Increasing the Allure of Multiple-Player Scenes:  Presently whoever is running the opposition has a vested interest in getting another player to throw their character into the scene instead of playing a lieutenant.  The more character/communities they're playing against, the more ideals will be rolled in.  So if it's Adam's scene, I'm going to try and pick an obstacle and frame the scene in such a way that Bob will want to jump in, too.  On the other side, whoever is playing the opposition may elect to bring in their character as the opposition, in which case they're switching their reward structure from getting 1d10-4d10 for goading the player to harvesting a complication off of the player (which may be a lot more than one to four dice, or be counted in a completely different die size).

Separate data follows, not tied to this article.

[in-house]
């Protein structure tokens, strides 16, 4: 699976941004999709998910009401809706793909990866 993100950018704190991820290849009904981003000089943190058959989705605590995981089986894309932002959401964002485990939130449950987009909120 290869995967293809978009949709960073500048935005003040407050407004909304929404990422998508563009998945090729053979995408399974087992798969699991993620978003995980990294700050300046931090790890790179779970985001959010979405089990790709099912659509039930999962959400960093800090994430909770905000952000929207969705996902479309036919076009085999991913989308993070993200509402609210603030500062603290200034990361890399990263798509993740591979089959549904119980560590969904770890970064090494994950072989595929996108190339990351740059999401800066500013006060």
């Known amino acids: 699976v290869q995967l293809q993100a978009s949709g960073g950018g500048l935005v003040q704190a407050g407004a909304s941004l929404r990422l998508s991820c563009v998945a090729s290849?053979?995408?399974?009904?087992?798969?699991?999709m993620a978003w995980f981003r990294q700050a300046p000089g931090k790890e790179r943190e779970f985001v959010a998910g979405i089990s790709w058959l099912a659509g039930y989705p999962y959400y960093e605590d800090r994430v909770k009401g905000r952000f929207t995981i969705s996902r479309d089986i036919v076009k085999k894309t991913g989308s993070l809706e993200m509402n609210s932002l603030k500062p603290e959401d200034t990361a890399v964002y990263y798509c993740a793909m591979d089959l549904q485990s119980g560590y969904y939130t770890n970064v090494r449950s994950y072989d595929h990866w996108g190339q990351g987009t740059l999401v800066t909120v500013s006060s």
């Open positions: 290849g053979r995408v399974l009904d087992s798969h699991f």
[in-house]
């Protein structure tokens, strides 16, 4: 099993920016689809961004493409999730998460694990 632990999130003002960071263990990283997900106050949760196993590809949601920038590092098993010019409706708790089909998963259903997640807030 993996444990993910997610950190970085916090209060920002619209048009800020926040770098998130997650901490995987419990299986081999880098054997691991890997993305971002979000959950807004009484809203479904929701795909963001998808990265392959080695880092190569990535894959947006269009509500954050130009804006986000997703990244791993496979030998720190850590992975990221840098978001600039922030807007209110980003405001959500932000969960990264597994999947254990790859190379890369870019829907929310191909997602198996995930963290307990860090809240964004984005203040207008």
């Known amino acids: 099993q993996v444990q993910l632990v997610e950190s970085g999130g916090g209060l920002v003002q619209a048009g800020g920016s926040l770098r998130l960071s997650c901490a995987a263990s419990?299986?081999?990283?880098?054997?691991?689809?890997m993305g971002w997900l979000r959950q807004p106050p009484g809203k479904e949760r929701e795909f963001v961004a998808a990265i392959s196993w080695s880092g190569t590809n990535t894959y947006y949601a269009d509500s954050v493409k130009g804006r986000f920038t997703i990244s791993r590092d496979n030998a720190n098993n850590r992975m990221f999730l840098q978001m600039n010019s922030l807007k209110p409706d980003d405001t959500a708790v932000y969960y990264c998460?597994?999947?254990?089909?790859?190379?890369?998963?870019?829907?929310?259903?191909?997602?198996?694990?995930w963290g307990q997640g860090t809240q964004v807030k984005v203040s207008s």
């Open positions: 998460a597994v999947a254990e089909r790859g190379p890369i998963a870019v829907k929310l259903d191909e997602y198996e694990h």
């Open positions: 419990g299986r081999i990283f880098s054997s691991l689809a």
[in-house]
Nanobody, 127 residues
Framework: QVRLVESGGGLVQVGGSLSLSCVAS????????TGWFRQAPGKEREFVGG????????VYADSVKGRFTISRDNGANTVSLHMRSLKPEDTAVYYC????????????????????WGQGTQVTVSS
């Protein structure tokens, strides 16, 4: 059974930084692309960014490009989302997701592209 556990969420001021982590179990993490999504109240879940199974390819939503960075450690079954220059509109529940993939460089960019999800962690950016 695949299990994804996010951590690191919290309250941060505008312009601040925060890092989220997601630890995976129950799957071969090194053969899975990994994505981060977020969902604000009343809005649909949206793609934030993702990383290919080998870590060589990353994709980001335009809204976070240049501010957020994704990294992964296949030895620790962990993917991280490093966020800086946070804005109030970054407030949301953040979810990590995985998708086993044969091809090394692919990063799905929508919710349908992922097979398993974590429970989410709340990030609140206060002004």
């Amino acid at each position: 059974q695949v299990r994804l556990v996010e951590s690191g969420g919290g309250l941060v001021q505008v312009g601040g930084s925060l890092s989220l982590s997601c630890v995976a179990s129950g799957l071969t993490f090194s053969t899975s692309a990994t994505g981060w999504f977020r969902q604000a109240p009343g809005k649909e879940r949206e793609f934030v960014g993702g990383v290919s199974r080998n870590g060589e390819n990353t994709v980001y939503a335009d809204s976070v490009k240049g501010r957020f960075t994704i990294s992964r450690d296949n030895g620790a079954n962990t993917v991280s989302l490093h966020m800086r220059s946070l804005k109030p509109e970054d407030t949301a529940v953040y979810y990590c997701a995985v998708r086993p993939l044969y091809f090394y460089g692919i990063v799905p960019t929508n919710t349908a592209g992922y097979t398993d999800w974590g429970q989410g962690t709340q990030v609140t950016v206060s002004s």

Now, presently there are no "helping other characters" rules -- if two players are in a scene, they both batter away at a common obstacle but they can't support each other any more than that.  Adding assist rules ("Here, use this extra two I rolled" and then handing over the die for the duration of the conflict) might give players a good reason to ask for help from the other players ("Help me out here and I'll give you half the spoils!").  Said help can turn into alliances, relationships, and plot developments.  I'm not sure how much that might unbalance things, however -- twice the available dice (roughly) to create two blocs of dice would, I suspect, be a lot more reliable and effective, and trounce Obstacles without any effort.

As you can tell, I'm very much up in the air on how to resolve my problems; I'm in fact not even positive that the problems really exist -- they may just be me overthinking things.  I'd love to hear some different points of view and assessments.  Thanks in advance.